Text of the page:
This team and this season were supposed to be different.
These wouldn’t be the old Kings, who would show some promise but swoon out of playoff contention by New Year’s Day. This team showed depth and character and fought through injuries with poise and persistence.
These Kings might still end a streak of six non-playoff finishes, but for that to happen they’ll have to fight their way out of the kind of slump that has engulfed and devoured them too often in recent memory.
Despite a fiery third period, the Kings lost their third straight game Monday and fourth in their last five with a 4-3 loss to the Minnesota Wild at Staples Center.
Their first home game since Dec. 12 was a mostly rotten welcome-back present for a sellout crowd of 18,118 and the ending was especially cruel.
The Kings pulled even at 17 minutes 23 seconds of the third period on a fine effort from the slot by newly recalled winger Scott Parse, only to have the Wild regain the lead 12 seconds later on a shot by former King Eric Belanger from the right circle that ticked off Drew Doughty’s stick and sailed over Jonathan Quick’s right shoulder.
“It’s unbelievable how quick that happened,” Doughty said of the mood swing. “We had all the power going in and we felt if we took it to overtime we were going to win it.”
They didn’t, and they dropped to sixth in the West. That’s still better than anyone expected before this season but not as good a position as they were in two weeks ago — or could have been in had they won Monday.
“It was a huge two points that got away from us,” Kings captain Dustin Brown said. “We found ways to win a couple of weeks ago. We’ve got to find ways to win now.”
It was the Kings’ second deflating loss of the day, coming a few hours after right wing Justin Williams underwent ankle surgery that’s expected to keep him out of the lineup for 12 weeks.
The Kings’ production is waning without Williams, Jarret Stoll (groin) and defenseman Randy Jones (headaches). They’ve scored 10 goals in their last five games, only two on the power play.
After a scoreless first period, the Wild broke through at 4:23 of the second on a goal by Martin Havlat, who had been benched for most of the Wild’s Oct. 8 loss to the Kings at Staples Center because of poor play. He atoned for that Monday when he raced up the right wing after Anze Kopitar turned the puck over just inside Minnesota’s blue line, and whipped a rising shot past Quick from about 35 feet.
The assist went to Belanger, who made the short pass that set up Havlat for the scoring chance.
The Kings pulled even at 11:36, despite the Wild’s protests that goalie Niklas Backstrom had been interfered with or that the net was off its moorings when the puck crossed the goal line. Doughty, strengthening an already persuasive case for a berth on the Canadian Olympic team, scored the goal when he went to the net and, despite losing an edge and falling, jammed home the rebound off a save Backstrom had made on Brad Richardson with his left pad.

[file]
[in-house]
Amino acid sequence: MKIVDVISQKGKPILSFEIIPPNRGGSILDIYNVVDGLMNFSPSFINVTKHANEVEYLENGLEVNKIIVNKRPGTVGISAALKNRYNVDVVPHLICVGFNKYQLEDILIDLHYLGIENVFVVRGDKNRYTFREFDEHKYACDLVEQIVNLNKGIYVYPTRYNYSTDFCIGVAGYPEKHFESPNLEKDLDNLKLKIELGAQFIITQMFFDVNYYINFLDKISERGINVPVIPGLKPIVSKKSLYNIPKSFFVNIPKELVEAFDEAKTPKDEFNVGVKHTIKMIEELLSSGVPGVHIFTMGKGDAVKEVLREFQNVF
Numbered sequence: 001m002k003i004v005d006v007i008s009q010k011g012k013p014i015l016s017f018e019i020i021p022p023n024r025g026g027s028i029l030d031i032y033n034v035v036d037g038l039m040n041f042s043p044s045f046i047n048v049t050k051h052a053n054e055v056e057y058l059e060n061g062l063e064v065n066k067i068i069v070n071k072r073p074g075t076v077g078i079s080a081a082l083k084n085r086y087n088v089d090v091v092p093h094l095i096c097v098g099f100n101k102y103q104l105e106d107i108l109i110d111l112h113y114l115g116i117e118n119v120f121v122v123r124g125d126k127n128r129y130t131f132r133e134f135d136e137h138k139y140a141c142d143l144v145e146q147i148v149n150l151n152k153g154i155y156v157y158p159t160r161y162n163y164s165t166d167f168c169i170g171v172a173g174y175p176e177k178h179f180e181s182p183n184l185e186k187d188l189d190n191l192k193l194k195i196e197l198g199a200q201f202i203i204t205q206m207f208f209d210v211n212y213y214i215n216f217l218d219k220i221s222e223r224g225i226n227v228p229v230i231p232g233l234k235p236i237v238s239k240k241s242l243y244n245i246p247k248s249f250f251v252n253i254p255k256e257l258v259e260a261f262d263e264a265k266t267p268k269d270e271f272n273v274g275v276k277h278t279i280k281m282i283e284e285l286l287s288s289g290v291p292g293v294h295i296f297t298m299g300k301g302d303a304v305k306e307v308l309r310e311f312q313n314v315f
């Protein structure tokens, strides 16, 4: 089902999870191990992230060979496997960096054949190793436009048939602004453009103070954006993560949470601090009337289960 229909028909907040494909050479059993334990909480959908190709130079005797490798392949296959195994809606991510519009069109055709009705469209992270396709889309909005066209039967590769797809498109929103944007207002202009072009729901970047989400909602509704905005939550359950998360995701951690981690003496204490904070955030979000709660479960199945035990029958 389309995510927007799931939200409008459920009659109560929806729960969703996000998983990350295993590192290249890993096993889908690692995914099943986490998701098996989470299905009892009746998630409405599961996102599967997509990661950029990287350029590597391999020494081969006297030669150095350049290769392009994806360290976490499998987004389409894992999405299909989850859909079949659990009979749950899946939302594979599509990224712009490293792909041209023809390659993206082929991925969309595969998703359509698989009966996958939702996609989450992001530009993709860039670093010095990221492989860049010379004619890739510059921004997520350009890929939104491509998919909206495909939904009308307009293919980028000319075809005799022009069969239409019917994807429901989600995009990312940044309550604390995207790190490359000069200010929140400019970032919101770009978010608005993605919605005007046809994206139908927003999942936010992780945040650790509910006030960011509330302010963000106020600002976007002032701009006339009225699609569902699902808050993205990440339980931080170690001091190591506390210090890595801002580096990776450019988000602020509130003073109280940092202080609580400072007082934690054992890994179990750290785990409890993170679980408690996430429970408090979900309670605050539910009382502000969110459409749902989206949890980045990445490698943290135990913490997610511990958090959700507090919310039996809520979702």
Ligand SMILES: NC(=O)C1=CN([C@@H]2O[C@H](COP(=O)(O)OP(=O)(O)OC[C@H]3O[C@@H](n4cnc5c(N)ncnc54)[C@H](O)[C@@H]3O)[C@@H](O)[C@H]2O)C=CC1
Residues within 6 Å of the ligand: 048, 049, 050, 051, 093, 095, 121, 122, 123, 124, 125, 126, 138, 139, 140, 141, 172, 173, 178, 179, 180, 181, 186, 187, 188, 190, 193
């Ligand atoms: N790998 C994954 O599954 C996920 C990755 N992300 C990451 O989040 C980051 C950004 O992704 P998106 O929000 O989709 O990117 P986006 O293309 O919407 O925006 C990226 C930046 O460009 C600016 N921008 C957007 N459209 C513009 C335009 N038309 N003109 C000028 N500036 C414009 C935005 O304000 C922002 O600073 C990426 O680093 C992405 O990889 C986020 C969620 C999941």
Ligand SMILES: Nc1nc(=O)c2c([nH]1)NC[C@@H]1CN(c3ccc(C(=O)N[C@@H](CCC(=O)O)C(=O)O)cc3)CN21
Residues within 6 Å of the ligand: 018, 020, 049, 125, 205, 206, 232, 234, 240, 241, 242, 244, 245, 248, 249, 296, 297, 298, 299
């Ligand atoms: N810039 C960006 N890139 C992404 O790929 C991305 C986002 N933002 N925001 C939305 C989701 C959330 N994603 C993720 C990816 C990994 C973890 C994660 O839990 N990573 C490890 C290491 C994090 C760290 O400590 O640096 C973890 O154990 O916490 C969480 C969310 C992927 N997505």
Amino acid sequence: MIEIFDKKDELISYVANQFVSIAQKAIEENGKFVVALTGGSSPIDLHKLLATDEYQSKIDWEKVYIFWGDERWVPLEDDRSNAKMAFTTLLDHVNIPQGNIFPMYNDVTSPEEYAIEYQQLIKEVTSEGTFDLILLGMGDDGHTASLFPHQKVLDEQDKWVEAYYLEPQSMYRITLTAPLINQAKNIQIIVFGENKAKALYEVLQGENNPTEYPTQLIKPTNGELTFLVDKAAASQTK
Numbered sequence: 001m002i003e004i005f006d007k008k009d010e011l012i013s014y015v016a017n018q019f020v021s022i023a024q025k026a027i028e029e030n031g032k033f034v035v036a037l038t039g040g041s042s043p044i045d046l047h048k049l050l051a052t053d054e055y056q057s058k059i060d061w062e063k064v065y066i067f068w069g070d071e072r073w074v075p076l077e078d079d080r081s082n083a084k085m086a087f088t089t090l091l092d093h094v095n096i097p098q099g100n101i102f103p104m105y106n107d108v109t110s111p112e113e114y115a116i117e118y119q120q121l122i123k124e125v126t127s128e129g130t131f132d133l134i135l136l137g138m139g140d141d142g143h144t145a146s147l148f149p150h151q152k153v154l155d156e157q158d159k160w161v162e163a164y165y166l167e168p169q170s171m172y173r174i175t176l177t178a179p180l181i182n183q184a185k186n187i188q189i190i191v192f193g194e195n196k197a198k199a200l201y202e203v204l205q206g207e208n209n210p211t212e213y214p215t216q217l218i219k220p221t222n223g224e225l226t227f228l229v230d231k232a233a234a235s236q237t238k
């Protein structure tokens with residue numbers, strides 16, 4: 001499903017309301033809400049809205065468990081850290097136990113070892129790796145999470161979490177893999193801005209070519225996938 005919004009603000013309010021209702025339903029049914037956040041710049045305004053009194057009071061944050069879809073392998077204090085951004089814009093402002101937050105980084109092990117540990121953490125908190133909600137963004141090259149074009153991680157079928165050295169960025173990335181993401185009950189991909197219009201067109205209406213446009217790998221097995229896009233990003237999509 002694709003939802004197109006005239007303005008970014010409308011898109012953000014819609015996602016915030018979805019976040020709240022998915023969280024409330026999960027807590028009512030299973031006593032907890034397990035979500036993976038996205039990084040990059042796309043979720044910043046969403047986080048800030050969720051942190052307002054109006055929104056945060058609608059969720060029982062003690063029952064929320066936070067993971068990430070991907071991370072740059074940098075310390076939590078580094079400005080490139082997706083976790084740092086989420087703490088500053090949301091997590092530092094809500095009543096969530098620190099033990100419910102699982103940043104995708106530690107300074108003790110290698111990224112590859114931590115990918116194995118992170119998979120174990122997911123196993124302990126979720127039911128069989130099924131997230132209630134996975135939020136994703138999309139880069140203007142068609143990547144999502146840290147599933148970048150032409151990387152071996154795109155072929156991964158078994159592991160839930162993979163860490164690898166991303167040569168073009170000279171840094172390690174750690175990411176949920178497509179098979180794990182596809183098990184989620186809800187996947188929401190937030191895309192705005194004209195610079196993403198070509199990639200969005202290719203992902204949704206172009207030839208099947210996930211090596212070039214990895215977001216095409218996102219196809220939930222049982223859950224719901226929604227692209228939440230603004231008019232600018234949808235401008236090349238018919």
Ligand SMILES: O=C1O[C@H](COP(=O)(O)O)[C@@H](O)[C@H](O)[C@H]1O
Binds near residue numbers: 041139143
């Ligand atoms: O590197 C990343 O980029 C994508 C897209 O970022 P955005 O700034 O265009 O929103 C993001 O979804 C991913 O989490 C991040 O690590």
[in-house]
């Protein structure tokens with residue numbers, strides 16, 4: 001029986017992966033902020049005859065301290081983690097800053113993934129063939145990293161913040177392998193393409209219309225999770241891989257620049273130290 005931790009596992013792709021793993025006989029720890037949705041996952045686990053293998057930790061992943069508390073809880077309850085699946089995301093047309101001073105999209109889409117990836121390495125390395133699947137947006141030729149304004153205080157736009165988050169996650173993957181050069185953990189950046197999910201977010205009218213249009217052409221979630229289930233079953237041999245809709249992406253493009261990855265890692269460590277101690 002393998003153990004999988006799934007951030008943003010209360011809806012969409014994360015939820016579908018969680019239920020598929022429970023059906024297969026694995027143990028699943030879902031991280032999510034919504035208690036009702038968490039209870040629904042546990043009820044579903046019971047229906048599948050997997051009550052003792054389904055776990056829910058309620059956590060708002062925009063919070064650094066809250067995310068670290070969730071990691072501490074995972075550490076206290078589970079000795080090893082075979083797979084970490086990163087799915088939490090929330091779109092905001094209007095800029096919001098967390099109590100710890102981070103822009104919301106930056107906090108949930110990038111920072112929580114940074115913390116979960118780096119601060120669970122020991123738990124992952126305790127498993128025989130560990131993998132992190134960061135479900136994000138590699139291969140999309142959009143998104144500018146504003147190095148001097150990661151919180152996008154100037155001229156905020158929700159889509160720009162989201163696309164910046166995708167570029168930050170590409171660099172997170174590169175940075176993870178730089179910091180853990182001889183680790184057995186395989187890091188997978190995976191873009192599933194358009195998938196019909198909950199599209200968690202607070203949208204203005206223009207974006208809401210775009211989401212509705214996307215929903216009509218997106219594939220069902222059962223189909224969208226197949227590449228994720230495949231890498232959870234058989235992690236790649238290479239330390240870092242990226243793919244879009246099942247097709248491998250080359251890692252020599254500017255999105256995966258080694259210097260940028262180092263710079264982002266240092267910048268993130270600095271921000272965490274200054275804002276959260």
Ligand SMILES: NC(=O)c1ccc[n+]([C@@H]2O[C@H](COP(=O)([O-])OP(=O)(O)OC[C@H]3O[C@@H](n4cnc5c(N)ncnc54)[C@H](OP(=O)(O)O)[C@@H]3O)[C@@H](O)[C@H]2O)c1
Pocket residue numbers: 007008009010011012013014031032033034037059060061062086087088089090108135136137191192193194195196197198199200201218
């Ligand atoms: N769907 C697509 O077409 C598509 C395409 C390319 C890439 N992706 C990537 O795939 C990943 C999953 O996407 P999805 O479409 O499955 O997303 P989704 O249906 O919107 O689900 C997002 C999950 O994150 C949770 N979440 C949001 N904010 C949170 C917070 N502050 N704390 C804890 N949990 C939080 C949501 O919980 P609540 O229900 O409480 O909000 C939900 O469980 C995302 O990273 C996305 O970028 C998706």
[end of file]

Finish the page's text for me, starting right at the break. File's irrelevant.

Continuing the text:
The Wild pulled ahead again at the 15-minute mark during a power play it gained after Ryan Smyth was sent off for hooking.
Alexander Frolov had broken his stick and headed back to the bench for a replacement, leaving the Kings even shorter of manpower. The puck landed on the stick of Mikko Koivu along the boards, and he passed to Andrew Brunette for a shot that Quick stopped. A trailing and unchecked Kim Johnsson easily pounced on the rebound and flicked a wrist shot past Quick.
“Little mistakes are costing us big goals,” defenseman Matt Greene said.
The Kings’ confusion in their own end led to Minnesota’s third goal, at 18:58 of the second. Owen Nolan controlled the puck in the left-wing corner and threw it in front, where it hit Belanger. He had time to capture it and put it on net and it got past Quick while the sellout crowd watched in stunned silence.
The fans’ spirits and the noise level picked up when the Kings cut Minnesota’s lead to 3-2 during a power play, at 2:28 of the third. Doughty was again the catalyst, with a slick cross-ice pass to Jack Johnson for a shot that deflected off Minnesota’s Johnsson while Michal Handzus created a screen in front, but the Belanger goal was a crusher.
“It’s definitely a heartbreaker,” Kopitar said, knowing there’s little choice but to pick up the pieces of that broken heart and reassemble it quickly before the season is broken beyond repair.